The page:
Parameterized Verification of Distributed Cyber-Physical Systems: An Aircraft Landing Protocol Case Study (bibtex)

Abstract:

In this paper, we present the formal modeling and automatic parameterized verification of a distributed air traffic control protocol called the Small Aircraft Transportation System (SATS). Each aircraft is modeled as a timed automaton with (possibly unbounded) counters. SATS is then described as the composition of $N$ such aircraft, where $N$ is a parameter from the natural numbers. We verify several safety properties for arbitrary $N$, the most important of which is separation assurance, which ensures that no two aircraft may ever collide. The verification methodology relies on computing the set of backward reachable states from the set of unsafe states to a fixed point, and checking emptiness of the intersection of these reachable states and the initial set of states. We used the Model Checker Modulo Theories (MCMT) tool, which implements this technique.

Reference:

Taylor T. Johnson, Sayan Mitra, "Parameterized Verification of Distributed Cyber-Physical Systems: An Aircraft Landing Protocol Case Study", In Proceedings of the 3rd ACM/IEEE International Conference on Cyber-Physical Systems (ICCPS 2012), Beijing, China, pp. 161–170, 2012, apr. (source code)

Bibtex Entry:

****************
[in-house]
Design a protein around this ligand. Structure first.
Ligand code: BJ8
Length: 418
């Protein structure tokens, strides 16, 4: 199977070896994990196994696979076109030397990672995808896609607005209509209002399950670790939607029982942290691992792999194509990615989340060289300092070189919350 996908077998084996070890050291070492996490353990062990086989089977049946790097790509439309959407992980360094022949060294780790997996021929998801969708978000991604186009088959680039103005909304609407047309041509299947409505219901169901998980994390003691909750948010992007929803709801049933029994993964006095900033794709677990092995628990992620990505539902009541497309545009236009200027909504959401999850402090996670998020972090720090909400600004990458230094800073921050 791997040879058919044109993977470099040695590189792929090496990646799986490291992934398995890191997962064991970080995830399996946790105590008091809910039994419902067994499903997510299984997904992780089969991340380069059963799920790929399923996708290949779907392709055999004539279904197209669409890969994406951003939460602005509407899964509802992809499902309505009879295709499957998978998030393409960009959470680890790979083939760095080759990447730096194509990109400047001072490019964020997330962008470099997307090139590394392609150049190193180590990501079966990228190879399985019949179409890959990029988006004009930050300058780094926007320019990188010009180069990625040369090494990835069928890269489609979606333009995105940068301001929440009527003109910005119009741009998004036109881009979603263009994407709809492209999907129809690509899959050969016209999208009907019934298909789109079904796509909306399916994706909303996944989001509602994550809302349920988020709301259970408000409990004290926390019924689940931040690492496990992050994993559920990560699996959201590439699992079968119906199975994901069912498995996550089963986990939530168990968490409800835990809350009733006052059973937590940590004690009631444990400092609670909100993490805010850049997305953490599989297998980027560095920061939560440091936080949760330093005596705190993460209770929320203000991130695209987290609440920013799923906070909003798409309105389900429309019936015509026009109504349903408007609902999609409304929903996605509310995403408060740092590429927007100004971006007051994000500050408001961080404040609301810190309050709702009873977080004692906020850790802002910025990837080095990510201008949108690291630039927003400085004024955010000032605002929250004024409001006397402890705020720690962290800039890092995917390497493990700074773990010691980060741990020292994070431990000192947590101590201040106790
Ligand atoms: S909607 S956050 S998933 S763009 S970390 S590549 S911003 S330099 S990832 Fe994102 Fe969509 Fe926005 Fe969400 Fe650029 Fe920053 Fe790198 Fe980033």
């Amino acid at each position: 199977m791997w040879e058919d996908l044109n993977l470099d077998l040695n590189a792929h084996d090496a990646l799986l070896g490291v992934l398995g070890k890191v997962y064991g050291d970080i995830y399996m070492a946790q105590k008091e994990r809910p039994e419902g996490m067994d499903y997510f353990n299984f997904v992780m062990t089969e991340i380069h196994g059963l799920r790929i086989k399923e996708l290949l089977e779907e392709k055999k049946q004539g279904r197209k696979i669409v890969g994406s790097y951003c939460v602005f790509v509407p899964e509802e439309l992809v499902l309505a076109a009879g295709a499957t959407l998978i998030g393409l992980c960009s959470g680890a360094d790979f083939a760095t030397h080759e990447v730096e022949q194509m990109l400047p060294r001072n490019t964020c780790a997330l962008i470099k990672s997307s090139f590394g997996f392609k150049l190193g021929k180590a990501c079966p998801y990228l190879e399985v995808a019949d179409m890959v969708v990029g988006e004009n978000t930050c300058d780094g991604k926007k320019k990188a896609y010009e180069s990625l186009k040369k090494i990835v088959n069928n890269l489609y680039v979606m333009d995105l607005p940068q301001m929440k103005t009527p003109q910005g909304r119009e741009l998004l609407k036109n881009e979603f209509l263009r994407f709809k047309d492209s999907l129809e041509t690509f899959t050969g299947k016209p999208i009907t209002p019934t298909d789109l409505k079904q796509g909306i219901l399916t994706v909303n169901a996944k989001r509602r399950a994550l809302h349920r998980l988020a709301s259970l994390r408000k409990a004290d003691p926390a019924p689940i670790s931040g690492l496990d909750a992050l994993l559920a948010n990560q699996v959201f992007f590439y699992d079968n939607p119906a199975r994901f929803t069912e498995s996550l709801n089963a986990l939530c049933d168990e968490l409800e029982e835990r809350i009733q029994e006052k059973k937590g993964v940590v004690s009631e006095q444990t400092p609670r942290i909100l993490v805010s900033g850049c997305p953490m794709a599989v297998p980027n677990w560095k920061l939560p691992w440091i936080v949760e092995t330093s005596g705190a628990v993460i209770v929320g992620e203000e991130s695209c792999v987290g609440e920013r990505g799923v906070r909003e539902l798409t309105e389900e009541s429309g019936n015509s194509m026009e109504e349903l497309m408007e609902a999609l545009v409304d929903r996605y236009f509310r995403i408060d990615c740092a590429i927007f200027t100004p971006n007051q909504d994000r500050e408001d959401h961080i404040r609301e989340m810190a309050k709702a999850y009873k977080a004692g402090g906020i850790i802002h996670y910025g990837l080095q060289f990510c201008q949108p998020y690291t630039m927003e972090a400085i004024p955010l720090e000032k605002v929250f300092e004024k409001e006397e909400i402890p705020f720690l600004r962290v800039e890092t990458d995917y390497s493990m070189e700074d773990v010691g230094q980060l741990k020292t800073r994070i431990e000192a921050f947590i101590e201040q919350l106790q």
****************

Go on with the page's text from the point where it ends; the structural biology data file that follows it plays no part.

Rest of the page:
@inproceedings{johnson2012iccps, author = {Taylor T. Johnson and Sayan Mitra}, title = {Parameterized Verification of Distributed Cyber-Physical Systems: An Aircraft Landing Protocol Case Study}, year = {2012}, booktitle = {Proceedings of the 3rd ACM/IEEE International Conference on Cyber-Physical Systems (<a href="http://iccps2012.cse.wustl.edu/">ICCPS 2012</a>)}, address = {Beijing, China}, month = apr, pages = {161--170}, gsid = {11740586308134469378}, doi = {10.1109/ICCPS.2012.24}, abstract = {In this paper, we present the formal modeling and automatic parameterized verification of a distributed air traffic control protocol called the Small Aircraft Transportation System (SATS). Each aircraft is modeled as a timed automaton with (possibly unbounded) counters. SATS is then described as the composition of $N$ such aircraft, where $N$ is a parameter from the natural numbers. We verify several safety properties for arbitrary $N$, the most important of which is separation assurance, which ensures that no two aircraft may ever collide. The verification methodology relies on computing the set of backward reachable states from the set of unsafe states to a fixed point, and checking emptiness of the intersection of these reachable states and the initial set of states. We used the Model Checker Modulo Theories (MCMT) tool, which implements this technique.}, comment = {<a href="research/iccps2012/">source code</a>}, pdf = {http://www.taylortjohnson.com/research/johnson2012iccps.pdf}, }

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